The biggest brokerage in China, CITIC Securities Co Ltd, has managed to achieve a 58 percent rise in profit for the first quarter of 2019 this Monday, according to a report from Reuters.

Specifically, the Chinese broker said that its net profit for January through to March rose to 4.26 billion yuan ($633 million). When measuring this against the first quarter of the previous year, which reported a net profit of 2.69 billion yuan, this is higher by 58.36 percent.

During the first quarter, investment income reached 4.6 billion yuan, jumping by nearly 19 times from 231.57 million yuan a year earlier. One of the key driving factors for the solid performance was thanks to investment returns surging as Chinese stock markets experienced a rally.

So far this year, China’s blue-chip CSI300 share index has increased by approximately 30 percent. Following the same trend, according to data from Refinitiv, the benchmark Shanghai Composite index hit its highest close in almost 13 months in April.

The results announced today is welcome news, as the China-based firm announced an 18 percent drop in net profit for 2018 last month. This was largely due to a weak domestic stock market.

However, the first quarter wasn’t completely blue skies and sunshine for the broker, as its net fee and commission income declined by 3 percent, hitting 4.34 billion yuan.

The first-quarter results of CITIC coincide with optimism surrounding China’s economy, as analysts suggest that the world’s second-largest economy might be stabilizing, after noting its most sluggish growth in almost 30 years.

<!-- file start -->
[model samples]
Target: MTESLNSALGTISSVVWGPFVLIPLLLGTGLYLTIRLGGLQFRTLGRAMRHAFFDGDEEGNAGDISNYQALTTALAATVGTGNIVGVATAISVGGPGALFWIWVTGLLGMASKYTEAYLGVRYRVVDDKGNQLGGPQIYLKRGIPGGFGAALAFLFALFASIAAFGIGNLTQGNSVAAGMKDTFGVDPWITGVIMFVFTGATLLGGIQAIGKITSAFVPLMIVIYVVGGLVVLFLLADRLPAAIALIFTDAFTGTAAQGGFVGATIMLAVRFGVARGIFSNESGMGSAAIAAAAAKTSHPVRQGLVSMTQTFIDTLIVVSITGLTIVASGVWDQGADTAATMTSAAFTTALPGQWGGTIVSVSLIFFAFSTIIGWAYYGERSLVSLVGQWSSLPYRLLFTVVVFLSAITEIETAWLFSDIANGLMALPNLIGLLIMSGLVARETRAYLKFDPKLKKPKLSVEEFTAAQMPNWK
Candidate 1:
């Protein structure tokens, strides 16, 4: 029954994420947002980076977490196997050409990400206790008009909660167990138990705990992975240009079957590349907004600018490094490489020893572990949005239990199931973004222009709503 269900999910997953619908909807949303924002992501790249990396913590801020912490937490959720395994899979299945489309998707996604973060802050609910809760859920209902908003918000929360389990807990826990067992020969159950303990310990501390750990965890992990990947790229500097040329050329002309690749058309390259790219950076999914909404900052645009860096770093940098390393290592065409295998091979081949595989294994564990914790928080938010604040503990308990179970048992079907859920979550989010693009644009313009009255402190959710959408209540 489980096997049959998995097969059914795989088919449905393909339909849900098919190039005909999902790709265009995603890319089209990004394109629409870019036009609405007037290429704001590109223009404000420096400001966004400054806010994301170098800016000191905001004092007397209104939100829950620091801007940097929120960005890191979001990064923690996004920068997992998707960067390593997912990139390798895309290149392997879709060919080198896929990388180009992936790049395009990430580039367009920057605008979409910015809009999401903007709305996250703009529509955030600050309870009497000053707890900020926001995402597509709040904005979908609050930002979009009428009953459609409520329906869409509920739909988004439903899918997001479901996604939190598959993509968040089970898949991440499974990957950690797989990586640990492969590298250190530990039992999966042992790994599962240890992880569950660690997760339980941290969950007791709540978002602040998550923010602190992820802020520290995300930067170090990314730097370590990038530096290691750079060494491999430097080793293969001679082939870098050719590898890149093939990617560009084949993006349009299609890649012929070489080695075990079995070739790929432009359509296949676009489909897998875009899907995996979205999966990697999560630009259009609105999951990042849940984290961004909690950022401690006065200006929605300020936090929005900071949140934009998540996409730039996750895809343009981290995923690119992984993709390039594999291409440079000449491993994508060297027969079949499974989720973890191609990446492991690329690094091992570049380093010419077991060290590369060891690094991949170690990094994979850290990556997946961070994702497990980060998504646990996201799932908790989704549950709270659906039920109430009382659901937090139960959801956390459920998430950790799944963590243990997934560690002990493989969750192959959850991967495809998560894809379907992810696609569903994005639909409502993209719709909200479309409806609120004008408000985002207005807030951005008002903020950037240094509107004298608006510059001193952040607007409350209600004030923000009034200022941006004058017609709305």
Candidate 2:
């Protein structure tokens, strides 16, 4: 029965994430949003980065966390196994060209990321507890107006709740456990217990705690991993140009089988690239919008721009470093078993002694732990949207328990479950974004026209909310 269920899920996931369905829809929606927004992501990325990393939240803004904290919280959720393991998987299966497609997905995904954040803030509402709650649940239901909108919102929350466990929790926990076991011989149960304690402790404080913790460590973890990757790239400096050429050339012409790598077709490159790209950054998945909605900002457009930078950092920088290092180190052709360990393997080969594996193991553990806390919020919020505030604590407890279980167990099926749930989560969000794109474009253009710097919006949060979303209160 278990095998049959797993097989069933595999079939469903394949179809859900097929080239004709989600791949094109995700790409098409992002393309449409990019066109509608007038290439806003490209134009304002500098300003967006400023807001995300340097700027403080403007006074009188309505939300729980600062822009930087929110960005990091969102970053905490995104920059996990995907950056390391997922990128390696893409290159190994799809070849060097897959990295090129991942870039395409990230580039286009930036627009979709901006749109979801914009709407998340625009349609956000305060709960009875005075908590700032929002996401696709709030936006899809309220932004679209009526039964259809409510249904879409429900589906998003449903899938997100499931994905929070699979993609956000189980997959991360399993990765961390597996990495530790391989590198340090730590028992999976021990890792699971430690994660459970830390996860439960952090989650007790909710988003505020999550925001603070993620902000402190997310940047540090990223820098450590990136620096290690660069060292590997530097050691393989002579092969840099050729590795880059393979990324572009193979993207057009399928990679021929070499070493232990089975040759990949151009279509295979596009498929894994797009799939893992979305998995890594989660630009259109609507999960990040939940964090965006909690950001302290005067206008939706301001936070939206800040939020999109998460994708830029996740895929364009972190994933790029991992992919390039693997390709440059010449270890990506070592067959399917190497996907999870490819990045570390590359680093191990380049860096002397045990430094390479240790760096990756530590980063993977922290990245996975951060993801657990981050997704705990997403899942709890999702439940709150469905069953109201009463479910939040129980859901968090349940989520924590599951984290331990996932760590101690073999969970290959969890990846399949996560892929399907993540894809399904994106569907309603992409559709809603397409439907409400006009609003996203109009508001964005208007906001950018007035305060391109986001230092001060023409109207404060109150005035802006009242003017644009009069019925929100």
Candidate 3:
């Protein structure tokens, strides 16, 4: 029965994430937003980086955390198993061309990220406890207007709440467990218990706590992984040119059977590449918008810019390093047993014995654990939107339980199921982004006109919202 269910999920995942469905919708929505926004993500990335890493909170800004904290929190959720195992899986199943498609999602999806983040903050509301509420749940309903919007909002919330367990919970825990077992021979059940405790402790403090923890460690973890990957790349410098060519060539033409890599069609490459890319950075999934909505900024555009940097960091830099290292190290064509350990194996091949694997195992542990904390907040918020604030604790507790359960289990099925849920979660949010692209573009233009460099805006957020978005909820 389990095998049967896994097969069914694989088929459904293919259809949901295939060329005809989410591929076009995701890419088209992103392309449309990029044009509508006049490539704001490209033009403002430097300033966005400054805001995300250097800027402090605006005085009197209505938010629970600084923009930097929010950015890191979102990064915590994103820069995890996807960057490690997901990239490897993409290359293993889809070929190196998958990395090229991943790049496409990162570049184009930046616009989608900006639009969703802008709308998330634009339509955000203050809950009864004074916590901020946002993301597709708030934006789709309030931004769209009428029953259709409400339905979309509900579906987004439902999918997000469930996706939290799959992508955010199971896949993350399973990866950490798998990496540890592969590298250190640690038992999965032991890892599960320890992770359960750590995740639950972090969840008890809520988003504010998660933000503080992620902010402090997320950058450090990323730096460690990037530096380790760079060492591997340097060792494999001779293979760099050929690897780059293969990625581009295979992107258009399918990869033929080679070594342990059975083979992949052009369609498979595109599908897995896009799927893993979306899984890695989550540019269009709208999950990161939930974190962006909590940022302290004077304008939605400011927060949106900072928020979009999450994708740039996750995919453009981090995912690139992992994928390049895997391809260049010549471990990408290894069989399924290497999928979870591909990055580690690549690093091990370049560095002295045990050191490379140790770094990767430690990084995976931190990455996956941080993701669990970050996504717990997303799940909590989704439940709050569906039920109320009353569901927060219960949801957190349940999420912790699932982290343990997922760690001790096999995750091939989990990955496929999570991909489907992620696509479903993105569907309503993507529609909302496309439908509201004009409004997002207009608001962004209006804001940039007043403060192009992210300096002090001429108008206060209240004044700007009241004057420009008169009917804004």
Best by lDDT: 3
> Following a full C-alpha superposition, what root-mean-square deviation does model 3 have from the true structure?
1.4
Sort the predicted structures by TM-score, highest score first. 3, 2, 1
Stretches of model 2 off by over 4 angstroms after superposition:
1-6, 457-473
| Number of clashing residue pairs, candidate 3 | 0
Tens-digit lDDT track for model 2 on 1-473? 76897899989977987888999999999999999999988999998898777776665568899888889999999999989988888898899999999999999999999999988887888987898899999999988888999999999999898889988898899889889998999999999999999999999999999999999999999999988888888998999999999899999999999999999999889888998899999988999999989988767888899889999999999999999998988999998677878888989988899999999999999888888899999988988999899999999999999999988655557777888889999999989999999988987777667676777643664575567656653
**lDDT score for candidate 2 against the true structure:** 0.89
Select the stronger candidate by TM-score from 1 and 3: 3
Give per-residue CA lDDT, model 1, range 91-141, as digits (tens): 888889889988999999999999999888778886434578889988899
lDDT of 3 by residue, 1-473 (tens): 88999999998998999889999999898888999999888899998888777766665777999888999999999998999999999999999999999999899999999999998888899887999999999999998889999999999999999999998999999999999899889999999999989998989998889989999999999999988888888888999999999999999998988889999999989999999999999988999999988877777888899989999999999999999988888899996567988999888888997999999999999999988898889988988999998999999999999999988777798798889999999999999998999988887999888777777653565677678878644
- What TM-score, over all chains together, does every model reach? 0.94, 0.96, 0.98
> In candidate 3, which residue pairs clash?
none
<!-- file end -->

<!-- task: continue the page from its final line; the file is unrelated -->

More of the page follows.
China Continues to Open Financial Markets

Furthermore, China has shown its ambition to open its financial markets to foreign investors further. As Finance Magnates reported in March, Nomura and JPMorgan managed to secure regulatory approval from the China Securities Regulatory Commission (CSRC) to set up joint brokerage ventures in the country.

At the same time, the regulator announced at a conference in Beijing that it would implement a national policy that would further open up the Chinese financial market to foreign firms.

The biggest brokerage in China, CITIC Securities Co Ltd, has managed to achieve a 58 percent rise in profit for the first quarter of 2019 this Monday, according to a report from Reuters.

Specifically, the Chinese broker said that its net profit for January through to March rose to 4.26 billion yuan ($633 million). When measuring this against the first quarter of the previous year, which reported a net profit of 2.69 billion yuan, this is higher by 58.36 percent.

During the first quarter, investment income reached 4.6 billion yuan, jumping by nearly 19 times from 231.57 million yuan a year earlier. One of the key driving factors for the solid performance was thanks to investment returns surging as Chinese stock markets experienced a rally.

So far this year, China’s blue-chip CSI300 share index has increased by approximately 30 percent. Following the same trend, according to data from Refinitiv, the benchmark Shanghai Composite index hit its highest close in almost 13 months in April.

The results announced today is welcome news, as the China-based firm announced an 18 percent drop in net profit for 2018 last month. This was largely due to a weak domestic stock market.

However, the first quarter wasn’t completely blue skies and sunshine for the broker, as its net fee and commission income declined by 3 percent, hitting 4.34 billion yuan.

The first-quarter results of CITIC coincide with optimism surrounding China’s economy, as analysts suggest that the world’s second-largest economy might be stabilizing, after noting its most sluggish growth in almost 30 years.

China Continues to Open Financial Markets

Furthermore, China has shown its ambition to open its financial markets to foreign investors further. As Finance Magnates reported in March, Nomura and JPMorgan managed to secure regulatory approval from the China Securities Regulatory Commission (CSRC) to set up joint brokerage ventures in the country.

At the same time, the regulator announced at a conference in Beijing that it would implement a national policy that would further open up the Chinese financial market to foreign firms.